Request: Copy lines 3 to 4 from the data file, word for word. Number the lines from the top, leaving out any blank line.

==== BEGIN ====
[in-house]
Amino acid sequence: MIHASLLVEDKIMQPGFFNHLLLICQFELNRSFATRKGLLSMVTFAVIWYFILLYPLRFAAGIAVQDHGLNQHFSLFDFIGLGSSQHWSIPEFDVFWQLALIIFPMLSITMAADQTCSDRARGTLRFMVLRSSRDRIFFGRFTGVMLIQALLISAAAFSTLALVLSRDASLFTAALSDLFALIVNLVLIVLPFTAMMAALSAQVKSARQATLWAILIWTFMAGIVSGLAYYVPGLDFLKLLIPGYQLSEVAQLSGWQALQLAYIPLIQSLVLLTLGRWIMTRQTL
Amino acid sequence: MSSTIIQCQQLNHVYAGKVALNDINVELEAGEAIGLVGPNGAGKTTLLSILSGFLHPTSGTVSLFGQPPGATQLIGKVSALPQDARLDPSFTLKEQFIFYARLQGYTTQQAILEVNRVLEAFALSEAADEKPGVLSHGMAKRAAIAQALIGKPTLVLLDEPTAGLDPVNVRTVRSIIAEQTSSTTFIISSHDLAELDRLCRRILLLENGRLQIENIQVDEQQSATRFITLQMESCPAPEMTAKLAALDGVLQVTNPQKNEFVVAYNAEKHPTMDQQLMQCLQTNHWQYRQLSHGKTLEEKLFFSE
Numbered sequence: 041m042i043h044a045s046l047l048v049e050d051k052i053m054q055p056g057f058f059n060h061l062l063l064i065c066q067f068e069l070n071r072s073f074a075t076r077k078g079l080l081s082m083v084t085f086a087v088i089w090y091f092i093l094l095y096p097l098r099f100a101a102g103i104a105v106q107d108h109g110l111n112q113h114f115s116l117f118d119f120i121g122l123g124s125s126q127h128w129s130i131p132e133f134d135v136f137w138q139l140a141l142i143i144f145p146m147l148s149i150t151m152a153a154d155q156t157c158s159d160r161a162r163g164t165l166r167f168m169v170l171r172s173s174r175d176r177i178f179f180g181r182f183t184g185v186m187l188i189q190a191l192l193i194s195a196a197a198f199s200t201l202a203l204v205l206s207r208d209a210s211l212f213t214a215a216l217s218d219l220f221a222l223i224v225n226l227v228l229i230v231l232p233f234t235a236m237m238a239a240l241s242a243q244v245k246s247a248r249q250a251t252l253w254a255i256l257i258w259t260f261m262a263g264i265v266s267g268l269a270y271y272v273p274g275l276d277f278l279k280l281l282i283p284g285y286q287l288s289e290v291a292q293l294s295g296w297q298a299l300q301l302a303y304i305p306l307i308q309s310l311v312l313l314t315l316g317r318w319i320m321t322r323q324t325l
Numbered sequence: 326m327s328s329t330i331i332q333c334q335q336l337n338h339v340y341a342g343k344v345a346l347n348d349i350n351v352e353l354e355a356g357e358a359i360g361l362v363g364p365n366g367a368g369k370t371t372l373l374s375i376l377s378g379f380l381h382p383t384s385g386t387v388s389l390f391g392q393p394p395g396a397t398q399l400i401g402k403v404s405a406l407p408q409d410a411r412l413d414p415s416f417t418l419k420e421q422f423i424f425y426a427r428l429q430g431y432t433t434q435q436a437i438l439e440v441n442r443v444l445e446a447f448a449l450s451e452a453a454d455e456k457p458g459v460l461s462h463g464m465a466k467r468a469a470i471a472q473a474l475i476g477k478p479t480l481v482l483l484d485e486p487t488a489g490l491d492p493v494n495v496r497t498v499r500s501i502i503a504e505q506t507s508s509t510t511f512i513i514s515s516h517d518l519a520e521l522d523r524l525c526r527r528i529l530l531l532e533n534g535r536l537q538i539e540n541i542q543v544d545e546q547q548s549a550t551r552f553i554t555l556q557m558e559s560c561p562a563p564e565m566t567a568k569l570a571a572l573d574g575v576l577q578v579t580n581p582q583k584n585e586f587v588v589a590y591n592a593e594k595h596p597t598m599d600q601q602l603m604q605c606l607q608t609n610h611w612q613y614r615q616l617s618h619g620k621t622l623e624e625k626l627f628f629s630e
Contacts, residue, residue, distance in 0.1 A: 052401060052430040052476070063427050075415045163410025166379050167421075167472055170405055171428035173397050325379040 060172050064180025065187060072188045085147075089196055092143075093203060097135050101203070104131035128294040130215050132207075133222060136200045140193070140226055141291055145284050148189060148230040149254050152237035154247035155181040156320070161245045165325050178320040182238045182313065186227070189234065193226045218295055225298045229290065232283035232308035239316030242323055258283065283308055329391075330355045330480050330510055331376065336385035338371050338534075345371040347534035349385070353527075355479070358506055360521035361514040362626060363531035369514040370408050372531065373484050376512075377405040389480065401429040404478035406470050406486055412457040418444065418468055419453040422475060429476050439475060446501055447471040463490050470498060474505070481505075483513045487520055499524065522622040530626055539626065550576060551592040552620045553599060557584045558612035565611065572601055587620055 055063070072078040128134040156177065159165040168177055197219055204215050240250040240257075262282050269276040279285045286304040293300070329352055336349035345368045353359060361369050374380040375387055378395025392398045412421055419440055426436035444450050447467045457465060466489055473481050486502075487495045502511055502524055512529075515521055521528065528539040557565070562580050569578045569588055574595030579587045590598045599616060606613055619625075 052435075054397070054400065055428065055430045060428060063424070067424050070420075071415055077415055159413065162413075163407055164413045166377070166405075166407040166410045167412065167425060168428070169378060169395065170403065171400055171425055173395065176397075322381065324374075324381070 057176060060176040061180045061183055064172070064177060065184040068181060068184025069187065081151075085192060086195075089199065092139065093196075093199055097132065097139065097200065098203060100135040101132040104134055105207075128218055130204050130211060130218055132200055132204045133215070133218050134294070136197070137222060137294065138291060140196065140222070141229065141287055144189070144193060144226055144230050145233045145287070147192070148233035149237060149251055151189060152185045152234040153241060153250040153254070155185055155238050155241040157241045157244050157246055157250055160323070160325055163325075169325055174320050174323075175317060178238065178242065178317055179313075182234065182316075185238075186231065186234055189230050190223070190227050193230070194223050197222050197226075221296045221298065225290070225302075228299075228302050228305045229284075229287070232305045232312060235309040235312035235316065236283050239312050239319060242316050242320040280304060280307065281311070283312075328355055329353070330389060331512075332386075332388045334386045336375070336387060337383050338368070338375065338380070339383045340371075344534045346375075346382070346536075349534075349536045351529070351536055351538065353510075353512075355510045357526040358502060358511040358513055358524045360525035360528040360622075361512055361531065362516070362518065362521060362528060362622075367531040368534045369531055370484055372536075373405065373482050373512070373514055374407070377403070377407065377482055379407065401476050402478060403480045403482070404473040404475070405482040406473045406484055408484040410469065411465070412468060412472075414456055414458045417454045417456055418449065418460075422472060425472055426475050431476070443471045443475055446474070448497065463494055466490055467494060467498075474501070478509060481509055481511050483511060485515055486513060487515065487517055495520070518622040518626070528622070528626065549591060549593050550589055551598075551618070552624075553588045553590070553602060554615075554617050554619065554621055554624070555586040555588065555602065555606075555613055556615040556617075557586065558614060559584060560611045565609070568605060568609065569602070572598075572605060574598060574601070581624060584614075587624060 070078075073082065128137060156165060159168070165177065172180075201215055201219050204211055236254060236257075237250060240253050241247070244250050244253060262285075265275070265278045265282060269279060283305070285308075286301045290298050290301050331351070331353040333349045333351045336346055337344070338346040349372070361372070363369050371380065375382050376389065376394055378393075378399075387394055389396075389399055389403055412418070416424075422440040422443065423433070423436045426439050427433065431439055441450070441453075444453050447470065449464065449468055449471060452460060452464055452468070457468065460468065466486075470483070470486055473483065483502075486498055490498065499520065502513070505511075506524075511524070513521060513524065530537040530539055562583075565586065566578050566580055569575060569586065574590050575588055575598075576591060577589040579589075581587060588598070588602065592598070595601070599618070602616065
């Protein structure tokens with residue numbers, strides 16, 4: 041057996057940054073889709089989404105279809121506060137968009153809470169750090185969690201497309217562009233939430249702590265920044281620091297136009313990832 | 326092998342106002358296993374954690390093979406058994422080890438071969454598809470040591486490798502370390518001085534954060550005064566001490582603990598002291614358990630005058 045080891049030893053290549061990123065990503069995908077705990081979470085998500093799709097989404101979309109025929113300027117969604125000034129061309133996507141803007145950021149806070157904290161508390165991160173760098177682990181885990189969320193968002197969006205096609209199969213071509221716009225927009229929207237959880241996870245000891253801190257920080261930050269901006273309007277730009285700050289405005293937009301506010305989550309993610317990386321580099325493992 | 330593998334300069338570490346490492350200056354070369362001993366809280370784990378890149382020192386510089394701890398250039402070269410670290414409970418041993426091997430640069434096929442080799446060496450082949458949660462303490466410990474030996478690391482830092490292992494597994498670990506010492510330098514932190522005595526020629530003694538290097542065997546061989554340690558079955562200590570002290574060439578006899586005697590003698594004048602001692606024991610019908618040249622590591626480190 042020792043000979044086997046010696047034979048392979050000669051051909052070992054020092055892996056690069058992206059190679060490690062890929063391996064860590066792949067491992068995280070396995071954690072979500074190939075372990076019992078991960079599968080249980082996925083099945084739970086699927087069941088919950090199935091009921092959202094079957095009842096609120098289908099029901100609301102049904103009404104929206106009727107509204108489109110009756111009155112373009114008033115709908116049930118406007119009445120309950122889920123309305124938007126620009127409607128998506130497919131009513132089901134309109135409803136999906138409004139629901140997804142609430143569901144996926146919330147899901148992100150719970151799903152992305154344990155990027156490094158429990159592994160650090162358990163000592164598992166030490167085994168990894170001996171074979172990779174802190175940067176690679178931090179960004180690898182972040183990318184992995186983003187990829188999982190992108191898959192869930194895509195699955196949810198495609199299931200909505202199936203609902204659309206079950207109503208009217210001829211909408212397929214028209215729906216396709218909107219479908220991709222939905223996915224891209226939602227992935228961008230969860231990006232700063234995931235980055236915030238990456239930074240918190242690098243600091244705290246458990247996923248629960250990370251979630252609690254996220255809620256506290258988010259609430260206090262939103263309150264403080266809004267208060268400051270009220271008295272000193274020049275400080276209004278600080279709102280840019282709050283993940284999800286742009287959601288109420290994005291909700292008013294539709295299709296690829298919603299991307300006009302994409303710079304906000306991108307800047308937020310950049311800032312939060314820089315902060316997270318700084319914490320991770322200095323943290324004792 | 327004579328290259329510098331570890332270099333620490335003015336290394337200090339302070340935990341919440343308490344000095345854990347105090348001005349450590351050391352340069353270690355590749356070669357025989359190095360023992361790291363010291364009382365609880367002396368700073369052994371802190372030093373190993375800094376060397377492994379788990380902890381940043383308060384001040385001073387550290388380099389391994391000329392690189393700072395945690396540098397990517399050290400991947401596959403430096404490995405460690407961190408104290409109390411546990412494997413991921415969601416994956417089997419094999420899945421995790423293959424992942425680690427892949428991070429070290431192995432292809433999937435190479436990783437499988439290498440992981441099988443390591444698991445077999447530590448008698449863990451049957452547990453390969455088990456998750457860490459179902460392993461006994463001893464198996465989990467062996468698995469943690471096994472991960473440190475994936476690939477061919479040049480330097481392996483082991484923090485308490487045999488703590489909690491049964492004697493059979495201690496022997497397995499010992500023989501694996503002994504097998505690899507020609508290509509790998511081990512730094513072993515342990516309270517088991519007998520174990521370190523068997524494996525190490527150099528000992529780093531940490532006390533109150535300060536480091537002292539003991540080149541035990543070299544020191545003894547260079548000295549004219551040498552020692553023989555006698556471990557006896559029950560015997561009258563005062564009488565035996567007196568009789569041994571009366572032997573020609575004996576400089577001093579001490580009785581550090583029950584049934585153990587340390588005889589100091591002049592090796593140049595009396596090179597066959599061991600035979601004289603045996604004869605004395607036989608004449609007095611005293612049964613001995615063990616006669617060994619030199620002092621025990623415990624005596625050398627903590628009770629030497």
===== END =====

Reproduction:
Amino acid sequence: MSSTIIQCQQLNHVYAGKVALNDINVELEAGEAIGLVGPNGAGKTTLLSILSGFLHPTSGTVSLFGQPPGATQLIGKVSALPQDARLDPSFTLKEQFIFYARLQGYTTQQAILEVNRVLEAFALSEAADEKPGVLSHGMAKRAAIAQALIGKPTLVLLDEPTAGLDPVNVRTVRSIIAEQTSSTTFIISSHDLAELDRLCRRILLLENGRLQIENIQVDEQQSATRFITLQMESCPAPEMTAKLAALDGVLQVTNPQKNEFVVAYNAEKHPTMDQQLMQCLQTNHWQYRQLSHGKTLEEKLFFSE
Numbered sequence: 041m042i043h044a045s046l047l048v049e050d051k052i053m054q055p056g057f058f059n060h061l062l063l064i065c066q067f068e069l070n071r072s073f074a075t076r077k078g079l080l081s082m083v084t085f086a087v088i089w090y091f092i093l094l095y096p097l098r099f100a101a102g103i104a105v106q107d108h109g110l111n112q113h114f115s116l117f118d119f120i121g122l123g124s125s126q127h128w129s130i131p132e133f134d135v136f137w138q139l140a141l142i143i144f145p146m147l148s149i150t151m152a153a154d155q156t157c158s159d160r161a162r163g164t165l166r167f168m169v170l171r172s173s174r175d176r177i178f179f180g181r182f183t184g185v186m187l188i189q190a191l192l193i194s195a196a197a198f199s200t201l202a203l204v205l206s207r208d209a210s211l212f213t214a215a216l217s218d219l220f221a222l223i224v225n226l227v228l229i230v231l232p233f234t235a236m237m238a239a240l241s242a243q244v245k246s247a248r249q250a251t252l253w254a255i256l257i258w259t260f261m262a263g264i265v266s267g268l269a270y271y272v273p274g275l276d277f278l279k280l281l282i283p284g285y286q287l288s289e290v291a292q293l294s295g296w297q298a299l300q301l302a303y304i305p306l307i308q309s310l311v312l313l314t315l316g317r318w319i320m321t322r323q324t325l